Restarting DBS operations for Dystonia at the UMCG

Thankfully, capacity problems effecting the use of deep brain stimulation (DBS) in the treatment of dystonia have been solved. 

Dystonia is a neurological condition that causes involuntary movement. When dystonia is serious, and more conventional medical procedures provide insufficient aid, patients can become candidates for DBS. DBS acts as a kind of 'pacemaker' for your brain.  During a DBS operation, neurosurgeons place two thin needles (electrodes) in the brain that emit a small electrical current to areas that regulate movement control.

Before the operation, patients undergo an in depth screening process, involving a broad team of medical staff.  At the UMCG this process has been refined by Prof. Dr. M.A.J. de Koning-Tijssen and her team to create a clearer profile of patients symptoms, and decide on the most viable candidates for DBS.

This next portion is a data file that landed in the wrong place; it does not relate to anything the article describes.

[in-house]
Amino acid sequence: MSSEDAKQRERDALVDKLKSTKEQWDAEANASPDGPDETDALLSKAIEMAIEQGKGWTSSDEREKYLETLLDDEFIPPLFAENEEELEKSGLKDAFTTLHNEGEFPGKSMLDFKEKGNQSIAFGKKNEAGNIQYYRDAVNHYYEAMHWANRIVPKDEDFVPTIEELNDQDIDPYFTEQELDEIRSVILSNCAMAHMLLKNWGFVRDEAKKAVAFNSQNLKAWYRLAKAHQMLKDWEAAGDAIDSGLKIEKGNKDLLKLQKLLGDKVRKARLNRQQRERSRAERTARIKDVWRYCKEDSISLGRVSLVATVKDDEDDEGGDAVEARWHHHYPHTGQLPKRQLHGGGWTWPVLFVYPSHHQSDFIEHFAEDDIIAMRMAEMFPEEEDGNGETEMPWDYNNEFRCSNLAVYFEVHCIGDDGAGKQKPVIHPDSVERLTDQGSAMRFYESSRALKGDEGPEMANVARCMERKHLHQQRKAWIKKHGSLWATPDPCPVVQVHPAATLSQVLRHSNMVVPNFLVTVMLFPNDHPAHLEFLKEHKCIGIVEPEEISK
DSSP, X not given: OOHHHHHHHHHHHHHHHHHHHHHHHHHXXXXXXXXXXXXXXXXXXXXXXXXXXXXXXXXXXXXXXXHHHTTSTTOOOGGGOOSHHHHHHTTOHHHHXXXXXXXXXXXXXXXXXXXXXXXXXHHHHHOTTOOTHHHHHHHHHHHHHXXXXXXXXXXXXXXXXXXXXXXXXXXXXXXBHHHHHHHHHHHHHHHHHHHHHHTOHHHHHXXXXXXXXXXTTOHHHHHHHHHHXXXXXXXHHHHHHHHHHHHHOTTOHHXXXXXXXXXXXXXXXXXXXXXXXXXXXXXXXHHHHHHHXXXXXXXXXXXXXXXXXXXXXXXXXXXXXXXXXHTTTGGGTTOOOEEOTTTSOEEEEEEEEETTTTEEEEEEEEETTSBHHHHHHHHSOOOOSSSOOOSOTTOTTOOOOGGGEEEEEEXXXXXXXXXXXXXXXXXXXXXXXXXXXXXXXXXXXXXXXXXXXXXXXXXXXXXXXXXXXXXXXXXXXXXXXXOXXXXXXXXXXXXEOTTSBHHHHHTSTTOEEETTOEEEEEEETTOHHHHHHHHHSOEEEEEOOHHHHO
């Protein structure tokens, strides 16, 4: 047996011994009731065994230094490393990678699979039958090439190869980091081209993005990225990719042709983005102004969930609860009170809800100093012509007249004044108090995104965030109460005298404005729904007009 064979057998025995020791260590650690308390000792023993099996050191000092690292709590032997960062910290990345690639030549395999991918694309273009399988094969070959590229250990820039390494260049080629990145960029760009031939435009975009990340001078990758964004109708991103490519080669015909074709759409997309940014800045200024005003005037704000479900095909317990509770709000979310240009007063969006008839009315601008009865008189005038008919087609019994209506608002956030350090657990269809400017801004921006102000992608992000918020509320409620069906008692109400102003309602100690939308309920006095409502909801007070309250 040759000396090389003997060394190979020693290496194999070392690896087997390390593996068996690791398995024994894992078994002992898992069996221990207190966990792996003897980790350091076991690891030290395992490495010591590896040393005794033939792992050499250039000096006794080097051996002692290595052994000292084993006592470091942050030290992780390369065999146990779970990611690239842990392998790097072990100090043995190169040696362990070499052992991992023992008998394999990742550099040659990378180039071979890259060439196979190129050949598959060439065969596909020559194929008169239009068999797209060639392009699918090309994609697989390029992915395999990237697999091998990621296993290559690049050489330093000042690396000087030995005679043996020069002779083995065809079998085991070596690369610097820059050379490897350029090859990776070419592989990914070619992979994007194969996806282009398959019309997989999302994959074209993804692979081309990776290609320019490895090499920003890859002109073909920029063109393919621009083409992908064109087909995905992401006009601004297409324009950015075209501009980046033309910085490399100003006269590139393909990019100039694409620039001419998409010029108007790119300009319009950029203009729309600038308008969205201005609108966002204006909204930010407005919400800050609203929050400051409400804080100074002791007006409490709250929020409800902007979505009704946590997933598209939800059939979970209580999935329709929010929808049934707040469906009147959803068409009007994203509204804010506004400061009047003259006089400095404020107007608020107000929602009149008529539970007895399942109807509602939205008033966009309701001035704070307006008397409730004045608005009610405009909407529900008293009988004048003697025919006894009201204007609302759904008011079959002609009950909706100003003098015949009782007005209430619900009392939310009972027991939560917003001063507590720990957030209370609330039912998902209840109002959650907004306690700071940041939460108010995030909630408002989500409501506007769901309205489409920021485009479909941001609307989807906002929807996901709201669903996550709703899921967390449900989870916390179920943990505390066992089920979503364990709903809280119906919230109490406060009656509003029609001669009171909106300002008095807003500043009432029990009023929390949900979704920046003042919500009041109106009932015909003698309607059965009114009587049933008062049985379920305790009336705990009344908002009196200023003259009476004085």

After the operation, the electrodes are calibrated by a neurologist and a specially trained nurse to insure optimal functionality.  This process occurs over multiple visits to the hospital and requires a number of months to complete successfully. After the operation, patients remain permanently under the observation of the UMCG.  

DBS operations require highly specialized medical training, and due to a shortage in personnel, operations were forced to be temporarily suspended. Thankfully, the personnel shortages has been resolved and starting in Febuary, the DBS trajectory at the UMCG will begin anew.  This means patients already on the wait list for DBS will be scheduled for operations.  There is also additional room for new patients to become part of the screening program.  We are happy to announce that the UMCG can continue  improving the health and lives of its patients.